Oh man, you guys, this mini-Tarantino film festival I've programmed for myself is turning out to be the best idea I've had in months. Like that horrible old joke about memory loss allowing you to hide your own Easter eggs, it's awesome to rewatch your favorite movies when you've not seen them in so long that you've forgotten most of the major themes and plot points.
Pulp Fiction is so good it's kind of unreal. No, seriously. I know it's common knowledge, the most basic of basic received wisdom, at this point that it's a game-changer, a modern classic, etc., etc. But, straight up--do you actively remember how good this movie is? It's that good. Probably even better. I think I probably feel the same way about Tarantino that certain other people around my age feel about Stephen Malkmus: he was the right guy making the right art in the right medium at the right time in my life, and I'm kind of never going to get over it.
Watching Pulp Fiction again the other night for the first time in about ten years (seriously, I think it's been since Naremore's film noir class my sophomore year at IU), I was struck by how much this movie is really about secrets--about the usually accidental things that happen to people that remain unspeakable to anyone other than the person the experience has been shared with. There's the big ones, of course: Mia's overdose, Marsellus's anal rape, Vincent's shooting that kid in the face. But there's so many other little ones embedded throughout: the story about the foot massage that Tony Rocky Horror may or may not have given Mia, the admission that Butch makes to Esmerelda Villalobos in the cab about what it feels like to kill a man, the confidences shared between Butch's father and Christopher Walken's character in the POW camp; even the "royale with cheese" trivia is a bit of unlocked knowledge decoded by Vincent and shared with Jules. All of which makes Jules's final "I'm trying real hard to be the shepherd" monologue so powerful and so important--in publicly interpreting the verse from Ezekiel for Pumpkin/Ringo, he's made a decision that he can't keep the wisdom he's been granted via the "miracle" he witnessed to himself. He has to share it; he has to talk about it; he can't keep it a secret. Aside from the brain-tickling fun of the achronological narrative, this is the big reason why the story has to be told out of order--so it can culminate with that gesture of openness, with that revelation.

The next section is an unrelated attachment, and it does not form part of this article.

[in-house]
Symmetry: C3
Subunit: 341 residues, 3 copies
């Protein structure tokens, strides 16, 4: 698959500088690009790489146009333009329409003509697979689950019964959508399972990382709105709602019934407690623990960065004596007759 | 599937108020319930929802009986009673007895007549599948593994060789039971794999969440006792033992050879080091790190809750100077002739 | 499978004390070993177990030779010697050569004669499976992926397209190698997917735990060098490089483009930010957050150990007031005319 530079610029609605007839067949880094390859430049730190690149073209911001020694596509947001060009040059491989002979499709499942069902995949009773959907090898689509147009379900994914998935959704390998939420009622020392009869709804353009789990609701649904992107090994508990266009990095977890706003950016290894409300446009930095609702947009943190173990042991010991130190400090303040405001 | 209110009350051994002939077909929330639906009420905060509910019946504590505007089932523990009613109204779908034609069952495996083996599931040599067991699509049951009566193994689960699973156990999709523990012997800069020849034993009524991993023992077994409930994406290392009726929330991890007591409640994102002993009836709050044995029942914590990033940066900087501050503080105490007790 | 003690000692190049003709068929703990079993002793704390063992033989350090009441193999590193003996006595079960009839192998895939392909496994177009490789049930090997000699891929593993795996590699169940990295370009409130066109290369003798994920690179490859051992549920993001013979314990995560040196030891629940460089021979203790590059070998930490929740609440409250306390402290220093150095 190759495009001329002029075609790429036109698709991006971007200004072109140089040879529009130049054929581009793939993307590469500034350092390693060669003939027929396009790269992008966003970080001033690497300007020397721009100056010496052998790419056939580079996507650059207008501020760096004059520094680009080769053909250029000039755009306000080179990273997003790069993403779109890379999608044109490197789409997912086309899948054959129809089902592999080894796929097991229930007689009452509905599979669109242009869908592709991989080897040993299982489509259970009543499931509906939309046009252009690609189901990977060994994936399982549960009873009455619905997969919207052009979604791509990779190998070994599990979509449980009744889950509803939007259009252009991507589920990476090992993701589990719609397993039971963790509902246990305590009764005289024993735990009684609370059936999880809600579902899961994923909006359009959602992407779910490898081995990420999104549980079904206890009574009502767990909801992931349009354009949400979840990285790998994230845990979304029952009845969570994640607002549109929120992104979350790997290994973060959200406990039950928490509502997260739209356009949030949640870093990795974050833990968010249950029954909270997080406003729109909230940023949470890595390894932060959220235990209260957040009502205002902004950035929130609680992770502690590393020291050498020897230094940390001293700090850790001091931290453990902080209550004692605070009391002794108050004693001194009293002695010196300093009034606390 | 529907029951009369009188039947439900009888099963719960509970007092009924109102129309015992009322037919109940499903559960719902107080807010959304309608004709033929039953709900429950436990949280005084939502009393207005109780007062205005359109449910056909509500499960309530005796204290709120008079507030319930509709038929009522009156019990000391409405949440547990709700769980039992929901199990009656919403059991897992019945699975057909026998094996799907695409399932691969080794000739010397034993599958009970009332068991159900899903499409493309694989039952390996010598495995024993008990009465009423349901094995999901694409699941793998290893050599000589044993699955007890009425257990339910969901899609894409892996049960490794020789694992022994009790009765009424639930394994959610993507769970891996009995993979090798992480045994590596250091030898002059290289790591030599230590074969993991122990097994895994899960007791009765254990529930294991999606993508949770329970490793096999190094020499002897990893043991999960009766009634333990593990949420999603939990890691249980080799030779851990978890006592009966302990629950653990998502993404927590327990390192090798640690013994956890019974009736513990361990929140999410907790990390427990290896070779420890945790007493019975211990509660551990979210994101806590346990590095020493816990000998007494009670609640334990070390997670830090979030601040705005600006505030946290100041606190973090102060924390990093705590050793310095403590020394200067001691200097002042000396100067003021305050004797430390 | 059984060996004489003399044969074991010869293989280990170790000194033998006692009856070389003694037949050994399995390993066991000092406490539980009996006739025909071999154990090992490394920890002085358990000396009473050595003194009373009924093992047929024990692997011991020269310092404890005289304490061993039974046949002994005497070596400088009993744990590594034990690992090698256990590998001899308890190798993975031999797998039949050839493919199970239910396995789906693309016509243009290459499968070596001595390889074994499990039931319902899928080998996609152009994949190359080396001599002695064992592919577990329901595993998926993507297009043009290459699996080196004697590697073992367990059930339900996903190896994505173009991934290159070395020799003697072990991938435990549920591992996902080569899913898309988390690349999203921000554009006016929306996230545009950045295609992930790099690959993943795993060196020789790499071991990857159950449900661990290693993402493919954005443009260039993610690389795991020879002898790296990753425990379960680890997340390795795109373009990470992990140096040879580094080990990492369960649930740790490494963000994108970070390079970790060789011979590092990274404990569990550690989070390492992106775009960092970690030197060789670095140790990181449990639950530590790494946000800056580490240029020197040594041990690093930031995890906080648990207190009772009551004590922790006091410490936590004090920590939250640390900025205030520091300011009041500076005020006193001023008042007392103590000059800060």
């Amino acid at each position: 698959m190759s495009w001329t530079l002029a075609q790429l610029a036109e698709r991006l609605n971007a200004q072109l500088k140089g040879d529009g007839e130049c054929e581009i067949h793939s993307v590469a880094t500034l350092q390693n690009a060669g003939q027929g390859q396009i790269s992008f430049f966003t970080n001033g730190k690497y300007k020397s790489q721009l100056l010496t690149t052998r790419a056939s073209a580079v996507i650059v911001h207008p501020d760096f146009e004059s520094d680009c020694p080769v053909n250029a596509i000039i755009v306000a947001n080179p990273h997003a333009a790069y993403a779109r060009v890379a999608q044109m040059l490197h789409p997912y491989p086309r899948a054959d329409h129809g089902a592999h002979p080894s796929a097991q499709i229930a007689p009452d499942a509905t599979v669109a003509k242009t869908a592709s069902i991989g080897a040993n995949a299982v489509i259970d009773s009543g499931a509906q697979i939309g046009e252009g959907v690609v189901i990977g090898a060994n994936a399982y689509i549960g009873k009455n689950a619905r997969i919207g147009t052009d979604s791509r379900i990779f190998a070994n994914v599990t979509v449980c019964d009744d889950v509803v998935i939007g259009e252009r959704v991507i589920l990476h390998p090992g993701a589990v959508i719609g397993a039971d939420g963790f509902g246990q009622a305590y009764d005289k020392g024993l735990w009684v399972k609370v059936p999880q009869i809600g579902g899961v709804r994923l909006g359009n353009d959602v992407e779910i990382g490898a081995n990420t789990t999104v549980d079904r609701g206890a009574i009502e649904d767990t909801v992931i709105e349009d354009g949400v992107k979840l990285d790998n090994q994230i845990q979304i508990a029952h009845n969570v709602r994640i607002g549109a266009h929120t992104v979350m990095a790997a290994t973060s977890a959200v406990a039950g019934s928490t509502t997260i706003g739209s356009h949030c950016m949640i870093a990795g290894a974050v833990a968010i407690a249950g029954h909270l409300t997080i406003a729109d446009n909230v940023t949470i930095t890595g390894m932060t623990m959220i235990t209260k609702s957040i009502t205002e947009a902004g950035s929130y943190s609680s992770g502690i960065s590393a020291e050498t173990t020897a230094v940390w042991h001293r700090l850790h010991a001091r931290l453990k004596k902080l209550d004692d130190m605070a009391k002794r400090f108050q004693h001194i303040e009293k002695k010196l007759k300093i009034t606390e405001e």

It blows my mind that I saw this in the theater when I was 15. I mean, I'm so, so thankful for being exposed to a movie this awesome at such a formative stage in my intellectual and aesthetic development, but, seriously...how fucking inappropriate! Did I even know what anal rape was at that point? I know for certain that the subtleties of Vincent and Mia's drugs of choice went way over my head. But, the very literal dance between the spaced-out haze of his heroin stupor and her coked-up frenzy as they try to come to some common ground at dinner is now so much more hilarious to me, but also painfully, poetically truthful in the way it shows how hard it can be to connect with another person because of all the bullshit racing around in our systems.
And those are just the big things. I was free to notice so many other little things now that I didn't need to worry about parsing the narrative timeline and wasn't overly distracted by the violence and the language. Like, how totally cheeky it was to open the movie with Tim Roth in such a diametrically opposed character to the one he played in Reservoir Dogs. Or how Bruce Willis is perfection in his role (and also way more alarmingly attractive than I ever realized--but that's maybe just because I'm getting older and my tastes are changing). Also, the fact that Butch's choice of weapon in the pawn shop scene is a samurai sword makes way more sense now in the context of Tarantino's oeuvre than it did in '94. Pre-Kill Bill, it just seemed like a super-over-the-top gesture played for laughs, but now it's so clearly a reference to Tarantino's love for chop-socky epics.
Kittens, my brain is still whirring days after watching it. But, mostly, I'm just happy to have reconnected with the film itself, both for what I remember it being to me at 15 and for the realization that it still has new things to offer me as many years later. Take a moment, if you can, to revisit something similarly important from your own past. I hope it likewise brings you no small measure of joy.